Having ventured into the realm of high generalization about cultural systems, in my second entry I wish to raise my game to a still higher level.
We have heard many warnings recently from Church leaders about American and world culture spiraling downwards. While this diagnosis can be debated (it is always the best of times and the worst of times), a pessimistic mood has prevailed at Church headquarters. Some relief was granted in this last conference when a few talks struck the theme of “Don’t Despair.”
I believe there are grounds for adopting the pessimistic stand because morally and religiously our culture has been hollowed out. Neither our theological beliefs nor our moral standards are supported in the cultural systems that dominate our society: capitalism, democracy, and science.
I do not mean to say no men and women of faith and high moral standards remain in American society. Just the reverse is true. We meet people everyday whose integrity and moral conduct put most Mormons to shame. These are our allies in the effort to uphold faith in a disbelieving world. What I do mean to say is that the prevailing cultural systems, the ones acknowledged as valid by the official institutions of the country like the government and the schools, do not validate our fundamental beliefs. Strong religious institutions with parallel beliefs and standards to ours exist, but they are sectarian. They are not universally acknowledged as valid. They are the convictions of part of the people.
At the beginning of the century it was not so. Protestant culture, as Jan Shipps has argued, remained an unofficial religious establishment. You need only tour the Columbia campus, viewing the stone inscriptions on buildings erected in the first two decades, to realize how religious language was used to express a university’s highest ideals. At that time it was explicitly Christian. By the middle of the century, Christianity had expanded to Judeo-Christian. Sometime in the last fifty years, Judeo-Christian disappeared and no explicitly religious language remains. Now the cross on the Columbia seal is an embarrassment to the university.
What remains, science, democracy, and capitalism, have powerful moral values of their own. Science with its open pursuit of truth, democracy with its equal rights for all, and capitalism with rewards to industry and skill, but none of these require belief in God or observance of what we call moral standards. You need not be generous or chaste to thrive in any of these cultures, and you certainly need not believe. They are all godless in the sense of not requiring faith of successful practitioners.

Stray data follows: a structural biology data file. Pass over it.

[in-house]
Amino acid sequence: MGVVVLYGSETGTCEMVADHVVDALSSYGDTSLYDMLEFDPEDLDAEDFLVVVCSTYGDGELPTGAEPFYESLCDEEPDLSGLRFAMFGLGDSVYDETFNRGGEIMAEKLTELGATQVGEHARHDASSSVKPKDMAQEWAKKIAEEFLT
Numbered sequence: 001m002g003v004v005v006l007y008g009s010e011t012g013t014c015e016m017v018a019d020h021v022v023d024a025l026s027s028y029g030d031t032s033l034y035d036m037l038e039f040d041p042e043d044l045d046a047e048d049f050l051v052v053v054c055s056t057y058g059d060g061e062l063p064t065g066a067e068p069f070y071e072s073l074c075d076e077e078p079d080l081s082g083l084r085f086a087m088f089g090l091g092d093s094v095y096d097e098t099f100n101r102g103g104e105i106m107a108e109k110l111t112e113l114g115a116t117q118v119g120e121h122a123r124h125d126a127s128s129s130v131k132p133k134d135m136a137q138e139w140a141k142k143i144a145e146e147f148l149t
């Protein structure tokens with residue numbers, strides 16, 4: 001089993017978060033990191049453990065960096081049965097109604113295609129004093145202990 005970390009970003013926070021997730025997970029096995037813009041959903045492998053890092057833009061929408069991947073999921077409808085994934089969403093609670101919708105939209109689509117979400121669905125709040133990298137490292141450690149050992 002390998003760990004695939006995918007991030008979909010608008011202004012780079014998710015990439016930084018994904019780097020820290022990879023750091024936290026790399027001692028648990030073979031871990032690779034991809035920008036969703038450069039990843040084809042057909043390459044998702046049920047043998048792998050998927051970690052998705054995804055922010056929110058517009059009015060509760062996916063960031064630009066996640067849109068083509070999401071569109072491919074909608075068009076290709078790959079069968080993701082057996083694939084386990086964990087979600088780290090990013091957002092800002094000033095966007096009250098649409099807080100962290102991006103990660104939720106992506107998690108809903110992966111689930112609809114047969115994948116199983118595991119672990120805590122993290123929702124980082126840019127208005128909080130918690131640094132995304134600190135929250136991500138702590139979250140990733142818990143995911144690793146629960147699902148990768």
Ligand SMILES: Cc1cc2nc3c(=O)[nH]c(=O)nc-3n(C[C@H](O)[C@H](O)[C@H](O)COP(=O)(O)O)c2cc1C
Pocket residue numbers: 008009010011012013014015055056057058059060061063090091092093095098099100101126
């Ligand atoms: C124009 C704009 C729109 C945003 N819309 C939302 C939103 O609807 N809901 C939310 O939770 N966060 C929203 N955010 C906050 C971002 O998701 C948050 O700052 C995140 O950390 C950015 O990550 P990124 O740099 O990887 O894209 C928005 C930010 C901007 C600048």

This detachment from religious belief and moral standards seemed innocuous for a long time. Religion throve in the interstices. It was not necessary for official validation when most people of good will still embraced religious belief and the official cultures did not officially attack religion. But the hollowness of the religious culture was revealed in the sixties when pressure on the ostensible religious and moral structures of the nation led to a collapse. I am not one to blame the sixties for everything wrong in society, as right-wing commentators are wont to do. I am simply saying that the sixties were a revelation. Insomuch as moral standards fell in that decade, it was a sign that the official culture offered no support. The ideological foundation of belief had been gutted. The democratic value of equality came to prevail over all others.
For all these reason I foresee a continuation and perhaps growth of unbelief at the heart of the culture–in the media and in the universities. There will be resurgences of religious faith; the need to believe is too strong to be permanently obliterated. But those who disbelieve will have the greatest confidence in their position. They will say that reason offers no basis for believing, where the word “reason” stands for the prevailing wisdom of the culture which indeed offers no basis for belief. That basis is not present in science, democracy, or capitalism. Mormons will have allies, friends, and admirers, but we will face unrelenting criticism and opposition from those who argue that our beliefs and our moral standards are unreasonable. More and more of our brothers, sisters, cousins, and children will wander off into the fields of unbelief while the inhabitants of the spacious building point and laugh.